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Christ, bless this house: Praying as a family for the Feast of the Epiphany

In the Apostolic Exhortation “Amoris Laetitia” (the Joy of Love), Pope Francis reminds us that “a family’s living space could turn into a domestic church, a setting for the Eucharist, the presence of Christ seated at its table.” The Holy Father goes on to remind us of the Lord’s promise: “Behold, I stand at the door and knock; if any one hears my voice and opens the door, I will come in to him and eat with him, and he with me (Rev. 3:20). As we open our calendars to another year, we turn toward the Lord in thanksgiving for our many blessings and ask for God’s grace to be upon our families and our homes … our little domestic churches.
 
One beautiful way to consecrate our homes to the Lord is pray together the traditional house blessing ceremony on Epiphany (Jan. 6) while “chalking the door” with the numerals of the coming year separated by the letters C, M, and B. The letters, which are for the Latin Christus Mansionem Benedicat (Christ bless this house) also represent the first initials of the wise men: Caspar, Melchior and Balthasar. The + signs represent the cross. This year, the blessing would be: 20+C+M+B+18.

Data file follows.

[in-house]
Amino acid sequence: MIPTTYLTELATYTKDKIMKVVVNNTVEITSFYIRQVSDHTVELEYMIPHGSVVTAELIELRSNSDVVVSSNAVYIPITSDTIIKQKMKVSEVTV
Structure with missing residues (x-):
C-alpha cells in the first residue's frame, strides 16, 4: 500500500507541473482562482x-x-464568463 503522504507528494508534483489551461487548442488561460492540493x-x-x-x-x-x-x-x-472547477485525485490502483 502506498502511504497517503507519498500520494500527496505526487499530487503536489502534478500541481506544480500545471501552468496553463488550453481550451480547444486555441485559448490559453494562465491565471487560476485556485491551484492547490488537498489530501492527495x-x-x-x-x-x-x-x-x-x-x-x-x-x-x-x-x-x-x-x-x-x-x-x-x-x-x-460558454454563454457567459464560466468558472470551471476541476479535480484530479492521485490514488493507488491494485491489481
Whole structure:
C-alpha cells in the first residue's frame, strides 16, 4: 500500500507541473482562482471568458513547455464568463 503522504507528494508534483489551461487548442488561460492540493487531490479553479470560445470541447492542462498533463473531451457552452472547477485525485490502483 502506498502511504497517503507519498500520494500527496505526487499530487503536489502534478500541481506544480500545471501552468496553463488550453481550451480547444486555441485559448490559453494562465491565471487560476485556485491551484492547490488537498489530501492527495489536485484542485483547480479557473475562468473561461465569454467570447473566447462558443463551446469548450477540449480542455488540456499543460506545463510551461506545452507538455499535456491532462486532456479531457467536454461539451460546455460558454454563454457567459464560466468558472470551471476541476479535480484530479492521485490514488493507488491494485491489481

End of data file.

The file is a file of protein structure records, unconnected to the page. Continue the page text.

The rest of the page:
This ancient blessing is an invitation for the Lord who is knocking at our doors, to be a guest in our home each day while we ask God to bless our comings and goings, our conversations, our work and play, as well as our joys and sorrows.
 
The tradition of marking the doorway of a home is rooted in the Old Testament. God commands the Israelites, “Hear O Israel! The Lord is our God, the Lord alone! Therefore, you shall love the Lord your God with your whole heart, and with your whole being, and with your whole strength.  Take to heart these words which I command you today … write them on the doorposts of your houses and on your gates” (Deuteronomy 6:4-6, 9).  
 
As we seek to offer our whole hearts to the Lord this year, let God’s blessing be upon us that we may be nourished and strengthened within our homes. Then, just as the wise men poured out their gifts before the Lord on his humble manger bed, may the love and faith of our families be poured out to the world around us, in desperate need of the Savior’s love. 
 
Join a Vermont family asking the Lord’s blessing on their home in the first of a monthly video series to celebrate the Diocesan Year of the Family at vermontcatholic.org/vcm. Then, download the accompanying activity sheet to pray the Epiphany Home Blessing with your family!
 
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Ann Gonyaw, her husband and three children are members of Mater Dei Parish in Newport, where Ann serves as the Director of Catholic Formation.


This article was first published in the January 6-12 issue of The Inland See bulletin.
 
 

Loving families bring joy, mercy to world, says pope

Pope Francis urges families to discover God's love and be generous, forgiving, patient, helpful and respectful.

Family life will be better if people use the words "please," "thank you," and "I'm sorry" every day, he said, and the world will be a better place if the church reaches out to the imperfect and the wounded.